Exercise programs are typically designed around goals like recovering from injury, getting stronger or losing weight. To achieve these fitness goals we need to move. But if we want to achieve these goals efficiently and without injury we can’t just move, we need to move well.
Back to the basics
Asymmetries in motion and limitations in movement can affect the effectiveness of our training, workouts and activities of daily life. Good movement should be the foundation of our exercise program. In many cases this base level is overlooked. Sometimes exercise progression is made without necessarily earning it — meaning we move to heavier weight or more complicated exercises without mastering more basic movements. If we progress too quickly or do not address underlying deficiencies, we build strength, endurance or sport-specific skill on top of a poor foundation. This is a fragile balance and is not the way to produce the most durable athletes.
In our workout routines, as well as in our daily lives, there are basic movements that can be improved to maximize results. A basic posture, or “anti-movement,” like plank, and more dynamic movements, such as pushing, pulling, squatting, lunging and hip hinging, are foundational movements that can usually be improved upon at the base level and then progressed or regressed as needed.
The ability to maintain good posture and generate appropriate core tension in a plank position carries over to other exercises. While holding plank for long periods may be a great test, it is far from the best way to train for them. The world record for holding a plank position is three hours and seven minutes (seriously). For us mere mortals, maintaining a plank for a minute or two requires conserving some energy. We naturally try to make the exercise easier and do not engage as many muscles, turning the plank into an inferior exercise or, at the very least, prevent it from being a whole body exercise.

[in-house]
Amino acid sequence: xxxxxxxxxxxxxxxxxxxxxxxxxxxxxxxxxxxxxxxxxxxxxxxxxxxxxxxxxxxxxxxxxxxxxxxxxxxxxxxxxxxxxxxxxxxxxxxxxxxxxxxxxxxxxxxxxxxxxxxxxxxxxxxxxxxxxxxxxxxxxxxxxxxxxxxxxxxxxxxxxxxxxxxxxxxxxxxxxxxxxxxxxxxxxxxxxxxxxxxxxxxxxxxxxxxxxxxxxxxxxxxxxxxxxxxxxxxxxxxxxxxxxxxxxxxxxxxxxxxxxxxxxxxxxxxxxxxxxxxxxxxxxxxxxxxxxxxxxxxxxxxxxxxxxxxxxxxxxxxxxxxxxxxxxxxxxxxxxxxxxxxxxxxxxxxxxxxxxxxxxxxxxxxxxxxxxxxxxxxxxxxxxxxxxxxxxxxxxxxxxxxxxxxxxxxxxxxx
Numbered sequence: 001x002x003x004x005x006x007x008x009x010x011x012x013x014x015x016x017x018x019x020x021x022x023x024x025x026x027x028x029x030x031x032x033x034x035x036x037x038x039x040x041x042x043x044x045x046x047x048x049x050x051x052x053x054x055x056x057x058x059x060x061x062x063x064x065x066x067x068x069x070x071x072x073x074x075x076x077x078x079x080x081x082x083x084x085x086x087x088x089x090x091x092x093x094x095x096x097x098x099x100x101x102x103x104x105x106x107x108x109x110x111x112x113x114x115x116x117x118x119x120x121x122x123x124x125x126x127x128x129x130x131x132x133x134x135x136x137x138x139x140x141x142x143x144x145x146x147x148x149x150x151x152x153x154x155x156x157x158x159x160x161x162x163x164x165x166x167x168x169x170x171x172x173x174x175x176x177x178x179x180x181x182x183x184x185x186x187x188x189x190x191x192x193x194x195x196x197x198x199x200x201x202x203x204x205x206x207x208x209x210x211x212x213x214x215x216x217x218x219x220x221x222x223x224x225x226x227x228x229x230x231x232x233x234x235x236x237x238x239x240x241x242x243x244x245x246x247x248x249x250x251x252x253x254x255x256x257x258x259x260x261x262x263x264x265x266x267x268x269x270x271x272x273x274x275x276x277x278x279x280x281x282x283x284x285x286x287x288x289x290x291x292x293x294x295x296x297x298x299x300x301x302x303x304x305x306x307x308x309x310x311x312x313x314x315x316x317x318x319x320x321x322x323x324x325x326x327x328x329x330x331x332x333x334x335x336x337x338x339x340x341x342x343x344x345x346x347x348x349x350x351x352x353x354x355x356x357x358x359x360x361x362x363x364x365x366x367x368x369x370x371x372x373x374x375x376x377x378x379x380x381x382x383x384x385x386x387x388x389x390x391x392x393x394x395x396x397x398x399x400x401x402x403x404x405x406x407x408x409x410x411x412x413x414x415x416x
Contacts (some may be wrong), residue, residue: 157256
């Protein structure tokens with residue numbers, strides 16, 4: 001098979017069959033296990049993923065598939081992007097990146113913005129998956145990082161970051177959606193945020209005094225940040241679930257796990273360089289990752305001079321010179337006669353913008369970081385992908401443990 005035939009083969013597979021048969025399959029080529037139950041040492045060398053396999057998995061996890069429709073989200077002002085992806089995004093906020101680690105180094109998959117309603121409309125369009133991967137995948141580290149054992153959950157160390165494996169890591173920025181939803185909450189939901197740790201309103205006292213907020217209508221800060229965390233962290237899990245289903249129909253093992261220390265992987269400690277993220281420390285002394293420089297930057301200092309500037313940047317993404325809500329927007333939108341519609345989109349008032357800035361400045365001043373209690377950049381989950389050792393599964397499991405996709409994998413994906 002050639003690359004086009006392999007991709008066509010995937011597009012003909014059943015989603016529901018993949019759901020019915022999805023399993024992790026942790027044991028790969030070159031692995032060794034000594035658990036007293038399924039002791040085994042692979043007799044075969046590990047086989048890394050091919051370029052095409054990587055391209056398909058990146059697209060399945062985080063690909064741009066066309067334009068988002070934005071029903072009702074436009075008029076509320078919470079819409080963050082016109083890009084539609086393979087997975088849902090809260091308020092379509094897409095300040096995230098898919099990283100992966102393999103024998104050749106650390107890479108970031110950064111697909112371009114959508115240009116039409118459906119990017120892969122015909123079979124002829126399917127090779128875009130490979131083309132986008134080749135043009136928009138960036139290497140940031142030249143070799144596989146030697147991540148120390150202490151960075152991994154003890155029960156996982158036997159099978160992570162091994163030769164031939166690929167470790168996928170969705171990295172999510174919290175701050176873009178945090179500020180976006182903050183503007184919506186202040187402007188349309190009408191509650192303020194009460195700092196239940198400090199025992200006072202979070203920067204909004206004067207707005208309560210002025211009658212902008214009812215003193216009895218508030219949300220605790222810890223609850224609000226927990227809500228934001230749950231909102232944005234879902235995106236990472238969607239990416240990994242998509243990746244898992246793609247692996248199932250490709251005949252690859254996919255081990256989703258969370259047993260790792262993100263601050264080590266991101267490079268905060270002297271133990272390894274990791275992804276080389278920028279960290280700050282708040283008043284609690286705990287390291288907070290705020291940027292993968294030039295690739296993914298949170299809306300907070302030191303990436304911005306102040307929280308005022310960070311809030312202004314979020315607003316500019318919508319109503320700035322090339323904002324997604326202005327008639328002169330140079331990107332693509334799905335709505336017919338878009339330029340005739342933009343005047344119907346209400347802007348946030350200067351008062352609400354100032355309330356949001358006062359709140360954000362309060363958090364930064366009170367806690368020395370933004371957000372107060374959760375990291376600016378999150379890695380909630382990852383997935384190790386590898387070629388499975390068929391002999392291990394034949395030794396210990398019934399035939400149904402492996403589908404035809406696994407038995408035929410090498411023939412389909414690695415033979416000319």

There are a few common faults in form we see with planks. Heads may drop, torsos may sag toward the ground or shoulders may ride high towards the ears or round forward. We can cue what is called a hard style plank, which can correct these common faults and at the same time make it a more complete core exercise.
Cueing the hard-style plank
While lying on your stomach on the floor, make a fist and drive your forearms into the ground.
Bring your shoulder blades back and down engaging the lats.
Drive your heels away and squeeze the glutes.
Contract your quads and gradually increase the contraction in the abdominal wall muscles pulling yourself into a plank position.
Ensure that your ears, shoulders, hips, knees and ankles make a straight line.
In this position draw your elbows and your toes together as if you are crinkling the carpet beneath you.
Hold for 10 seconds or so, followed by three to four seconds of rest to let the muscles recover, and then repeat for one to two minutes.
Wednesday at 5:30 p.m., Dr. Pitcher will present a free interactive lecture on improving functional movements for performance and health. We will dive into the plank and many other foundational movements, increasing their effectiveness to improve your workout, prevent imbalance and reduce injury. The lecture is offered by the Vail Vitality Center and takes place at the Tivoli Lodge in Vail.
Mark Pitcher is a sports chiropractor, exercise physiologist and EMT with Vail Integrative Medical Group located at the Vail Vitality Center. He specializes in rehabilitative medicine. For more information visit www.vailhealth.com or www.vailvitalitycenter.com